The resilience of agricultural lenders and borrowers in the late 2000s financial crises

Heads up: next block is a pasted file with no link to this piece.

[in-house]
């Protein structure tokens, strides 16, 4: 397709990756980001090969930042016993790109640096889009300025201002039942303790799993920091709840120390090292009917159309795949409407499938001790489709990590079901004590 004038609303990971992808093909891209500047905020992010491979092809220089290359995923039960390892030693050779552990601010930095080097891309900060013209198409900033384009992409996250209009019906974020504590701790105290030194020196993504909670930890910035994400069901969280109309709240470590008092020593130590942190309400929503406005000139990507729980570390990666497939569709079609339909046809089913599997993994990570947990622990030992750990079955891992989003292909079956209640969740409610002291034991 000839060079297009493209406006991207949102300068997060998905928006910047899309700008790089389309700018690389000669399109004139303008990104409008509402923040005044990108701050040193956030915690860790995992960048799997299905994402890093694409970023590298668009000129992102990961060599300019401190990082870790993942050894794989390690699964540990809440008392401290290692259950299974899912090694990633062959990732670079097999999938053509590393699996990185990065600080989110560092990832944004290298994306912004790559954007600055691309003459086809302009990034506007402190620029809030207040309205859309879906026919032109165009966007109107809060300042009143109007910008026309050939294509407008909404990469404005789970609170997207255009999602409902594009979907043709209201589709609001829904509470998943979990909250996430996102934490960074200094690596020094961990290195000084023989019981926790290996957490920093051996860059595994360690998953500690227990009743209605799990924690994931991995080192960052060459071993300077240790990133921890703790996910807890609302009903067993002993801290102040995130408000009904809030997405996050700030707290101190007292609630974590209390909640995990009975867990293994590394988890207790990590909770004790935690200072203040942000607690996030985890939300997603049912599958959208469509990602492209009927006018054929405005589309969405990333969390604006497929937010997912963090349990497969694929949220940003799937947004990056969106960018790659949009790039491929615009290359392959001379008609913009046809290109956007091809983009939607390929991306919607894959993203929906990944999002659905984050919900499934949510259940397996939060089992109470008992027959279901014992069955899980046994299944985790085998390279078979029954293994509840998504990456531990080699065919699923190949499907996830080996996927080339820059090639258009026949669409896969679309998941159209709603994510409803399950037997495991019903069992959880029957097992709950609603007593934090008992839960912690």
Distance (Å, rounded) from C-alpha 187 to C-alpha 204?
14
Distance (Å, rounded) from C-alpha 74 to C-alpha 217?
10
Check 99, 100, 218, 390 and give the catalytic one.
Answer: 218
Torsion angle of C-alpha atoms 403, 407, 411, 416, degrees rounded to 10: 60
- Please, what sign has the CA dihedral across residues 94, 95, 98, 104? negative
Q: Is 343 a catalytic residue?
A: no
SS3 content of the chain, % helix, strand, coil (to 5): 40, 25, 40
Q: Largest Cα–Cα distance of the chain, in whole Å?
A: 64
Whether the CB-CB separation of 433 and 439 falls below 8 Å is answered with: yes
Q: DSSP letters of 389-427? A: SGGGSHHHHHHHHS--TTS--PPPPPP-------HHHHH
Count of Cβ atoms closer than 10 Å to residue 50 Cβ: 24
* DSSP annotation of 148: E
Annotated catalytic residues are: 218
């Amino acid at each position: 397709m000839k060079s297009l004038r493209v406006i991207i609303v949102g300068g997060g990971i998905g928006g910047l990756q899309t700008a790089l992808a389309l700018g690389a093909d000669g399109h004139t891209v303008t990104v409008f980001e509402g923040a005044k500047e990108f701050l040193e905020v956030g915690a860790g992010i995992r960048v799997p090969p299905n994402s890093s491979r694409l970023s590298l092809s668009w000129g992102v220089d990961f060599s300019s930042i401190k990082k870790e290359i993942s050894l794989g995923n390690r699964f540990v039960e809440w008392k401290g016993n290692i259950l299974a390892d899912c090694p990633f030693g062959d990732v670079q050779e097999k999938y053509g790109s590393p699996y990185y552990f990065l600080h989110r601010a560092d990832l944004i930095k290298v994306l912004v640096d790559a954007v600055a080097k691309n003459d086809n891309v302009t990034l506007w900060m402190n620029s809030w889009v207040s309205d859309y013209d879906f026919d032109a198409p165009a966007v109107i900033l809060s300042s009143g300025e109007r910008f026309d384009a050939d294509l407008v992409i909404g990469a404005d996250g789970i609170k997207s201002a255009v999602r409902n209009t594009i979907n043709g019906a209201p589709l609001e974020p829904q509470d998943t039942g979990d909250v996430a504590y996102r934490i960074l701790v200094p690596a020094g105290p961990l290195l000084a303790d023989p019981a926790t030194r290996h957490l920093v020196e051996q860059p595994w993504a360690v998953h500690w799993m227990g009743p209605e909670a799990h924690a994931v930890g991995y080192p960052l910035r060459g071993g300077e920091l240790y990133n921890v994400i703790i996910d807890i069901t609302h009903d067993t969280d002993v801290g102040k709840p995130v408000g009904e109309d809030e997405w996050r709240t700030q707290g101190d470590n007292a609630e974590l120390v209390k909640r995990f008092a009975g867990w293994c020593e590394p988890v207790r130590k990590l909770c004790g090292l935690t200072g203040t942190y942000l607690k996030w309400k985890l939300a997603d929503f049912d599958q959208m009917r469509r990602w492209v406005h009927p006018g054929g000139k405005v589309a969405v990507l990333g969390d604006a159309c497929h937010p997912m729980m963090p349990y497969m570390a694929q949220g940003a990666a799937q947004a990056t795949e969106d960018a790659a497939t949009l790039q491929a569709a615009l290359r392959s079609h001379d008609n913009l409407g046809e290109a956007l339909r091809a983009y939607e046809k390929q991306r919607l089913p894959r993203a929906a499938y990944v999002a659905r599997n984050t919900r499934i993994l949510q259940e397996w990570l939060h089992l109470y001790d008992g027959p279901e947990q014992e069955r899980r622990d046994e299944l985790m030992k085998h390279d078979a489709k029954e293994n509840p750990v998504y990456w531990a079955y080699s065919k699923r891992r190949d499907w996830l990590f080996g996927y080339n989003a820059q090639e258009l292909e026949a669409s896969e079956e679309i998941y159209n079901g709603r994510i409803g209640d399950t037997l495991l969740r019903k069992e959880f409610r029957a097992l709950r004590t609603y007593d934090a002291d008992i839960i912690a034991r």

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This dissertation consists of three essays that feature different approaches in evaluating lender’s and borrower’s resilience through the late 2000s recession. The first study applied an Input Distance Stochastic Frontier function to compare estimates of the technical efficiency (TE) and allocative efficiency (AE) between agricultural banks and non-agricultural banks. This efficiency analysis was applied to a seven-year pre-recession period and is designed to identify any early warning signals that could decrease the efficiency level of banks. Results suggest that survival banks were more technically efficient than critically insolvent banks, and banks that tend to utilize cheaper inputs were more likely to withstand the economic crisis. The second study utilized a split-population survival model in analyzing the role of agricultural loan portfolios on the probability of survival and temporal endurance of commercial bank lenders in the late 2000s recession. The results establish that farm credit transactions neither increased the commercial bank lenders’ chances of failure nor expedited the deterioration of their financial conditions. Results indicate that bank failures could have resulted from changes in the quality of the banks’ portfolios of real estate, consumer, commercial and industrial loans as well as factors capturing interest rate risk, fund sourcing strategies, and certain structural attributes. The third study evaluates the credit migration probabilities among different types of farm borrowers from Farm Service Agency (FSA)’s lending program. Two time continuous Markov Chain transition matrices were applied in lieu of the traditional time discrete method, and produced more accurate transition probability estimates that capture the indirect and transient changes in credit risk ratings. Racial and gender minority farmers are found to experience a lower probability of credit rating upgrade than white male farmers. Macroeconomic factors prove to have significant impact on the farms’ transition probabilities.